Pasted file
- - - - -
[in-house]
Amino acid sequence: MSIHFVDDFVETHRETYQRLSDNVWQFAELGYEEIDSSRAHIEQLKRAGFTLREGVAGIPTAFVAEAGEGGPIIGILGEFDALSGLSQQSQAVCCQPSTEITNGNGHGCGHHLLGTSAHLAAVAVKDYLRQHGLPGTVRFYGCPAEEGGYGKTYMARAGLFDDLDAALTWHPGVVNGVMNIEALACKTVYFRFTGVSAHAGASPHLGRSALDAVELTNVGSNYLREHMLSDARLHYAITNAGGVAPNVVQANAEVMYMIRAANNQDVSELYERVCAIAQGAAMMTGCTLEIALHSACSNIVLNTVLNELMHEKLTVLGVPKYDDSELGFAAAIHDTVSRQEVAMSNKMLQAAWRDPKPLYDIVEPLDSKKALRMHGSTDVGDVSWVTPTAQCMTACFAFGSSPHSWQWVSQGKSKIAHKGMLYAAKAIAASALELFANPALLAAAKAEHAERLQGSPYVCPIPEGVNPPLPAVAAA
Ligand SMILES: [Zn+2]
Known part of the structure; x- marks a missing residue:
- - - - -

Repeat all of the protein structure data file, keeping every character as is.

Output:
[in-house]
Amino acid sequence: MSIHFVDDFVETHRETYQRLSDNVWQFAELGYEEIDSSRAHIEQLKRAGFTLREGVAGIPTAFVAEAGEGGPIIGILGEFDALSGLSQQSQAVCCQPSTEITNGNGHGCGHHLLGTSAHLAAVAVKDYLRQHGLPGTVRFYGCPAEEGGYGKTYMARAGLFDDLDAALTWHPGVVNGVMNIEALACKTVYFRFTGVSAHAGASPHLGRSALDAVELTNVGSNYLREHMLSDARLHYAITNAGGVAPNVVQANAEVMYMIRAANNQDVSELYERVCAIAQGAAMMTGCTLEIALHSACSNIVLNTVLNELMHEKLTVLGVPKYDDSELGFAAAIHDTVSRQEVAMSNKMLQAAWRDPKPLYDIVEPLDSKKALRMHGSTDVGDVSWVTPTAQCMTACFAFGSSPHSWQWVSQGKSKIAHKGMLYAAKAIAASALELFANPALLAAAKAEHAERLQGSPYVCPIPEGVNPPLPAVAAA
Ligand SMILES: [Zn+2]
Known part of the structure; x- marks a missing residue: